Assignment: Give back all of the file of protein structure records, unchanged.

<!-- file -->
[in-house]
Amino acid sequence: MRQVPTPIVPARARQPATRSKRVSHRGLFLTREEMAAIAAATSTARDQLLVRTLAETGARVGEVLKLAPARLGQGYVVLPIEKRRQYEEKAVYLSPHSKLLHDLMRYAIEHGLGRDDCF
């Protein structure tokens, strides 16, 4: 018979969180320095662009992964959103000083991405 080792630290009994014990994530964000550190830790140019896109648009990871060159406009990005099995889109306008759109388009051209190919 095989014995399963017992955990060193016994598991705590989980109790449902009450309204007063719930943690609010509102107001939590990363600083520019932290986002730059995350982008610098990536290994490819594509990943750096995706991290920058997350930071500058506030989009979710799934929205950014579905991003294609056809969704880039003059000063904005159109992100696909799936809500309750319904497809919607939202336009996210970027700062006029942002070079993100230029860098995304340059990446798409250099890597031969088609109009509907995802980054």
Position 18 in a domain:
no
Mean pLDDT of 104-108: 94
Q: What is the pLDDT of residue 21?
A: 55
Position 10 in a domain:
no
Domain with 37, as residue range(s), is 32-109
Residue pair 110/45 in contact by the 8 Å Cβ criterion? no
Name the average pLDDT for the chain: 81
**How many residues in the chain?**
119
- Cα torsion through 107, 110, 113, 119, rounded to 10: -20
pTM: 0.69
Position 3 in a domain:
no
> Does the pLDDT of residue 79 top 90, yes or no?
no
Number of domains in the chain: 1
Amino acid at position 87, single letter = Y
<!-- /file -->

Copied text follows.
[in-house]
Amino acid sequence: MRQVPTPIVPARARQPATRSKRVSHRGLFLTREEMAAIAAATSTARDQLLVRTLAETGARVGEVLKLAPARLGQGYVVLPIEKRRQYEEKAVYLSPHSKLLHDLMRYAIEHGLGRDDCF
């Protein structure tokens, strides 16, 4: 018979969180320095662009992964959103000083991405 080792630290009994014990994530964000550190830790140019896109648009990871060159406009990005099995889109306008759109388009051209190919 095989014995399963017992955990060193016994598991705590989980109790449902009450309204007063719930943690609010509102107001939590990363600083520019932290986002730059995350982008610098990536290994490819594509990943750096995706991290920058997350930071500058506030989009979710799934929205950014579905991003294609056809969704880039003059000063904005159109992100696909799936809500309750319904497809919607939202336009996210970027700062006029942002070079993100230029860098995304340059990446798409250099890597031969088609109009509907995802980054």
Position 18 in a domain:
no
Mean pLDDT of 104-108: 94
Q: What is the pLDDT of residue 21?
A: 55
Position 10 in a domain:
no
Domain with 37, as residue range(s), is 32-109
Residue pair 110/45 in contact by the 8 Å Cβ criterion? no
Name the average pLDDT for the chain: 81
**How many residues in the chain?**
119
- Cα torsion through 107, 110, 113, 119, rounded to 10: -20
pTM: 0.69
Position 3 in a domain:
no
> Does the pLDDT of residue 79 top 90, yes or no?
no
Number of domains in the chain: 1
Amino acid at position 87, single letter = Y